WS/FCS graduation rates increase 5.2 points in 2010-11
JULY 19, 2011 – Students in Winston-Salem/Forsyth County Schools last year graduated at the highest rate since the state began tracking the number in 2006, according to preliminary data released by the school district today. Almost four-fifths of the students who entered high school in 2007-08 graduated in four years, and for the first time all traditional high schools had graduation rates greater than 70 percent.
The district’s 2011 graduation rate was 78.8 percent, up 5.2 percentage points from 73.6 percent in 2010. Several schools showed marked gains. The three schools at the Atkins complex each increased at least 17 percentage points; Parkland High increased 9.4 points; Reynolds High increased 8.4 points and East Forsyth High increased 6.7 points. (See Chart 1)
“In today’s global society, the need for a high school diploma has never been greater. It’s been a key point we have focused on as a school system, with the help of many community partners,” Superintendent Don Martin said.
The United Way of Forsyth County launched Graduating Our Future in winter 2008. The initiative has provided summer transition programs, intensive before- and after-school tutoring, family counseling, mentoring and attendance tracking as a pilot program at Parkland High and Philo Magnet Academy – Parkland’s main feeder school. The United Way expanded the focus of Graduating our Future to Carver and North Forsyth high schools and Mineral Springs and East Forsyth middle schools in 2010-11.
The Winston-Salem Chamber of Commerce started the Senior Academy at North Forsyth in 2007-08 after a review of dropout data showed WS/FCS was losing seniors at a disproportionate rate compared to other school districts across the nation. The academy provides mentors for seniors who must pass every course they are taking in order to graduate. Since then, the academy has been expanded to Atkins, Carver, East Forsyth, Glenn and Reynolds high schools. The Chamber also has run the Corporate Volunteers program for 12 years. This pairs volunteers with kindergarten students in an effort to make sure the students are reading at grade level. The first kindergarten students in the program will be seniors in 2011-12.
A grass-roots organization called Graduate. It Pays. was founded in 2008-09 and has extended the mentoring program to underclassmen at Atkins, Carver, East Forsyth, Glenn, North Forsyth and Reynolds high schools. Big Brothers/Big Sisters has recruited mentors for ninth-graders, and Communities In Schools has provided college students to work as graduation coaches with sophomores and juniors.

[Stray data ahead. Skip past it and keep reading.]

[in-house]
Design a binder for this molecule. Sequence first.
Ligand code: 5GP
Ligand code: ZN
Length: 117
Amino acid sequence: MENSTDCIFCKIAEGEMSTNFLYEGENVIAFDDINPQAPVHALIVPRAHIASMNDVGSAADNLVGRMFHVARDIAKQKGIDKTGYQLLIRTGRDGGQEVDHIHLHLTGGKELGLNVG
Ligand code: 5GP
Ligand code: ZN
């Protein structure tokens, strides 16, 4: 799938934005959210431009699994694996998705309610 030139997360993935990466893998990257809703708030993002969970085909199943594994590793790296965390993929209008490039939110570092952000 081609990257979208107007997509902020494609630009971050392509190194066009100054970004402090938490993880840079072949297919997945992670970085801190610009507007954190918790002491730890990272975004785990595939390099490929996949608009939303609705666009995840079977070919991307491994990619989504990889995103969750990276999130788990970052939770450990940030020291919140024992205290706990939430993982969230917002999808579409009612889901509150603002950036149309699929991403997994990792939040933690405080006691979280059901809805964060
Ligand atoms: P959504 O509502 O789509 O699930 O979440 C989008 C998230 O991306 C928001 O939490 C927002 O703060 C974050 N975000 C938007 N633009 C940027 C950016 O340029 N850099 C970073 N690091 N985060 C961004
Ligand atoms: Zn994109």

In addition to these community partners, the school district has invested in several programs that contributed to the improvement in the graduation rate. A credit recovery opportunity has been added at all high schools. Summer school opportunities also expanded, resulting in more than 100 graduates last year. Two new high schools, Early College and Middle College, give students opportunities in small educational settings. The school district also received a dropout prevention grant from the N.C. Department of Public Instruction last spring that will help develop an early warning system to identify potential dropouts in middle school.
“Beyond the individual success stories, I think you see a clear trend over the past five years of increases in the graduation rate,” Martin said. “We’re still not where we need to be, but we’re making progress toward our goal of 90 percent of our ninth-graders graduating in five years by 2018.”
Preliminary test results also showed gains in the overall percentages of students who were proficient in math and science EOG scores and middle and high school end-of-course tests. The percent of WS/FCS students who were proficient in grades 3 through 8 increased 0.6 points to 83.0 in math; decreased 0.2 points in reading to 68.9; and increased in science by 2.5 points to 71.6 in grades 5 and 8. (See Chart 2)
Fifteen elementary and middle schools made gains in reading, math and science – including Petree Elementary and Kennedy Learning Center. Both Petree and Kennedy received federal school improvement grants that required them to make extensive staff and curriculum changes in order to improve student achievement. Petree increased 5.3 points in reading, 6.3 points in math, and 0.8 points in science. Kennedy increased 5.7 points in reading, 18.6 points in math and 16.4 points in science. Whitaker Elementary achieved a first for the school district by posting perfect results in all grades on the math end-of-grade test.
Among middle and high schools, the percentage of students passing end-of-course tests increased in Algebra I, Algebra II, Civics, Physical Science and U.S. History. The district’s overall proficiency on end-of-course tests increased from 74.3 percent to 75.0 percent last year.(See Chart 3)
Of the 30 traditional middle and high schools, 22 maintained or made gains in the percentage of students passing their end-of-course tests. Five middle schools (Flat Rock, Hill, Jefferson, Mineral Springs and Wiley) demonstrated 100 percent proficiency on the Algebra I test, and Hill and Jefferson maintained perfect results for two years in a row.
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